Comets & Asteroids

By Veronica Meyers

Comets

  • Comet- a small celestial body made up of ice and dirt.
  • Comets are formed in the Kuiper Belt and the Oort Cloud. They are left over material from when the planets were formed.
  • Unlike planets' circular orbit, comets revolve around the sun in an oval shape.
  • When comets are far away, they are covered in ice. As they get closer to the sun, the comet gains a "tail" made of dirt.
  • Comets' tails are formed when they get close to heat. The ice melts, leaving behind a trail of water and rocks.
  • This is comet 1P or Halley's Comet.
  • Pictures are taken of comets by using a time exposure. Make sure your camera is steady and has a dark, unobstructed view of the sky.
What are comets? Martin Archer of Head Squeeze explains it to us. He'll tell us where comets come from. Comets we see more often come from the Kuiper belt. Less frequent comets come from the Oort Cloud. A nucleus is the solid center of the comet.

Comet Sources

  • "Comet Facts - Interesting Facts about Comets." 2014. Web. 07 Dec. 2014.
  • "Comet Photography" WAITING FOR ISON. Sept. 2012. Web. 08 Dec. 2014.
  • "Comets in Our Solar System." Comets in Our Solar System. Web. 08 Dec. 2014.

Asteroids

  • Asteroid- a celestial body made of rock and iron orbiting the sun
  • An asteroid orbits the sun, so it's not often that one flies into our atmosphere. A meteor however, is only a meteor upon entering. If it survives the crash onto Earth, it is a meteorite.
  • When an asteroid leaves the asteroid belt and comes within .3AU of Earth's orbit, it is considered a Near-Earth Asteroid.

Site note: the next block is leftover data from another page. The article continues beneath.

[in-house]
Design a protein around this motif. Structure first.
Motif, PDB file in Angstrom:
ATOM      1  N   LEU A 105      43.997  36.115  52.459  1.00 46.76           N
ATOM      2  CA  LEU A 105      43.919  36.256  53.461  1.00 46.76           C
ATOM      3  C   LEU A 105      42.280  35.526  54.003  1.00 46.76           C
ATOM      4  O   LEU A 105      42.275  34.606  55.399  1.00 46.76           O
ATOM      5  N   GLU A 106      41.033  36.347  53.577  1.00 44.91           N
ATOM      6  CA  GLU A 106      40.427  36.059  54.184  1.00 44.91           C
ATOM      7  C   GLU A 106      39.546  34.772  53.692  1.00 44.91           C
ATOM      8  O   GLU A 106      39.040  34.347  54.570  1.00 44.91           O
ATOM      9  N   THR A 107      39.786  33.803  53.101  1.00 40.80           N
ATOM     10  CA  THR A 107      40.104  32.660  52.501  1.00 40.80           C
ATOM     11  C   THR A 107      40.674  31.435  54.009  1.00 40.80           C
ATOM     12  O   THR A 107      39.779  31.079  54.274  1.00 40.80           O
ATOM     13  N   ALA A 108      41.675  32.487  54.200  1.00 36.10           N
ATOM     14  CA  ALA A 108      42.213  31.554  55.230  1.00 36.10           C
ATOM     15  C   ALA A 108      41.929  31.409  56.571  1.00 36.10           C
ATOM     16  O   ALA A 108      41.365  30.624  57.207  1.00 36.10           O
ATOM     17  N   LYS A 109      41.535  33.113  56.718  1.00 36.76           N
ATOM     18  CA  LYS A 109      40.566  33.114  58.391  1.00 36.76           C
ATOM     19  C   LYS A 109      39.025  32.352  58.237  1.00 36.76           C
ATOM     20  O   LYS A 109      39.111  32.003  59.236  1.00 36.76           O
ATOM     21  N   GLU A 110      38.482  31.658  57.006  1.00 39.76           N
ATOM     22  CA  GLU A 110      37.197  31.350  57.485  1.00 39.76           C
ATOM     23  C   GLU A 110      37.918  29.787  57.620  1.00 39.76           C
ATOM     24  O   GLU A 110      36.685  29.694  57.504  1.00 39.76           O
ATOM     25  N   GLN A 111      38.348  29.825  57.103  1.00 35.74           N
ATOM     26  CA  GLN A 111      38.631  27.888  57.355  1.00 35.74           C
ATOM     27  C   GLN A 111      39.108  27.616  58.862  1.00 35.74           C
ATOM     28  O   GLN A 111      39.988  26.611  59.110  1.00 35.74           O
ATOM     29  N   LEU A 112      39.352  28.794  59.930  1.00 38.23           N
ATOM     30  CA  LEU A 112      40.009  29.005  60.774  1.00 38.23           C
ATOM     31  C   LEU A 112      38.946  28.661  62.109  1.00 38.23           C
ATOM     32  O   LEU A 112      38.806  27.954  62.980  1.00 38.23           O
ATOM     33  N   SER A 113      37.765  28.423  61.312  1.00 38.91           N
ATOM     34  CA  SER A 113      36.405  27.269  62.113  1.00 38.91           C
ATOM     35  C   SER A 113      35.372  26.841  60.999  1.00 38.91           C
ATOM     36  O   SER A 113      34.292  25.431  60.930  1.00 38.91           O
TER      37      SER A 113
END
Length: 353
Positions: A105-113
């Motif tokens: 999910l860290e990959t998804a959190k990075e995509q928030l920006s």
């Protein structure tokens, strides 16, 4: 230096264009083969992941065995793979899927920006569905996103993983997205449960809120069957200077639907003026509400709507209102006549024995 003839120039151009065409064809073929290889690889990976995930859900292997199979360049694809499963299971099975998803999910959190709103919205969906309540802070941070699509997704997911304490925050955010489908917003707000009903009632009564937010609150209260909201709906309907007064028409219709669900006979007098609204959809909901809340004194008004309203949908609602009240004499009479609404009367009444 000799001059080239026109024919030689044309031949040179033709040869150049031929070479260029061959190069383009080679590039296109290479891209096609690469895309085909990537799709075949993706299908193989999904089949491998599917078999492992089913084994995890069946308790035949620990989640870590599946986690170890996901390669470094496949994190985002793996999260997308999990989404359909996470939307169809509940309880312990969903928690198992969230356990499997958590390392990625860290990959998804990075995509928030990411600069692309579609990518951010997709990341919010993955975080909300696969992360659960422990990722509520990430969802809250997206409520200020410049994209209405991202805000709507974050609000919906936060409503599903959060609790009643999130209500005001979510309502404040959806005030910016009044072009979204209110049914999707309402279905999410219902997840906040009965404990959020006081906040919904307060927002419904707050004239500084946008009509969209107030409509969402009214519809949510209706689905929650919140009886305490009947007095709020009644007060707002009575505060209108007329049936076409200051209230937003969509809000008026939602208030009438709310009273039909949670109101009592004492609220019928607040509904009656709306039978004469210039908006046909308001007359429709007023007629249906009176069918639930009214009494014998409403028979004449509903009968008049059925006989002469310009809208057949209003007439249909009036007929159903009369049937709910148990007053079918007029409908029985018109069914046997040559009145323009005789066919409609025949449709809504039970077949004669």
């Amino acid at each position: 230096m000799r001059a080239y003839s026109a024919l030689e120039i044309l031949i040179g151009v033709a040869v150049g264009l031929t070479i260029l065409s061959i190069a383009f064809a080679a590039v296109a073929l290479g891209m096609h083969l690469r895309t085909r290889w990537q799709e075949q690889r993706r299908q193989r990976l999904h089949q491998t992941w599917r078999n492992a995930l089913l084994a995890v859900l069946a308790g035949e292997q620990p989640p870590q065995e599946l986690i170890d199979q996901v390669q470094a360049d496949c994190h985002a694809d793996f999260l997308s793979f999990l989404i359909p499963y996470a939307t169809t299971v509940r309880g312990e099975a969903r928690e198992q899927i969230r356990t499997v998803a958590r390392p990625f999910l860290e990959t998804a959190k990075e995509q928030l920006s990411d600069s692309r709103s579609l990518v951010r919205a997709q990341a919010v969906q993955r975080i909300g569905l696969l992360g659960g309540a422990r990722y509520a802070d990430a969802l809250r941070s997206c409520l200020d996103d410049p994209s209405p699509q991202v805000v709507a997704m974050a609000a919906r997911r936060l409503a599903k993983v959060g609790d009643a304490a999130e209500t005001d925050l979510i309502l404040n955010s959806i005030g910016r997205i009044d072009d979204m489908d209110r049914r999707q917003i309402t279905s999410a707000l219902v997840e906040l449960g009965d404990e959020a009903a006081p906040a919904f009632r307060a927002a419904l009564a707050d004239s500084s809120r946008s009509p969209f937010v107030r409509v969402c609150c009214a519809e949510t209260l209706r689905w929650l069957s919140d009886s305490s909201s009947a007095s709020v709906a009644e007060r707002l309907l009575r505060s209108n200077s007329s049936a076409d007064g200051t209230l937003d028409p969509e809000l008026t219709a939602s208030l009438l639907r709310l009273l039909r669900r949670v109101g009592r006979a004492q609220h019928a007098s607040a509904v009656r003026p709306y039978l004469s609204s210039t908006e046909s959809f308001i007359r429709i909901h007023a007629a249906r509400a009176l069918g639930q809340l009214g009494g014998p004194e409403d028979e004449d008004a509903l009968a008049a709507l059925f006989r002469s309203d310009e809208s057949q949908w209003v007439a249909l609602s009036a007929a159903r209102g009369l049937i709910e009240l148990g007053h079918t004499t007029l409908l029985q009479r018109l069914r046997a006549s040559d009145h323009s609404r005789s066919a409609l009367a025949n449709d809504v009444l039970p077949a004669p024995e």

• Tunguska, Siberia, 1908- an asteroid exploded overhead, knocking down 2000 square kilometers of trees, and killing 1000 reindeer, but no known people were harmed.
  • This is a picture of the asteroid, Ida, and it's moon, Dactyl. This picture was taken by the space craft Galileo.
This article is written by Headline and Global News. A giant asteroid was found by a Russian astrophysicist. An astrophysicist is an astronomer who studies what celestial bodies do and how they do it. The asteroid, 2014 UR116, is said to get close to Earth every 3 years. Scientists have determined it does not get close enough to pose a threat.

Asteroid Sources

  • "Asteroids: Kids." Solar System Exploration. NASA. Web. 09 Dec. 2014.
  • Coffey, Jerry. "What Is The Difference Between Asteroids and Meteorites." What Is The Difference Between Asteroids and Meteorites. 30 July 2009. Web. 09 Dec. 2014.
  • "International Astronomical Union | IAU." Near Earth Asteroids. IAU, 7 Oct. 2013. Web. 09 Dec. 2014.
  • Tenenbaum, David. "History of Asteroid Impacts." History of Asteroid Impacts. Web. 08 Dec. 2014.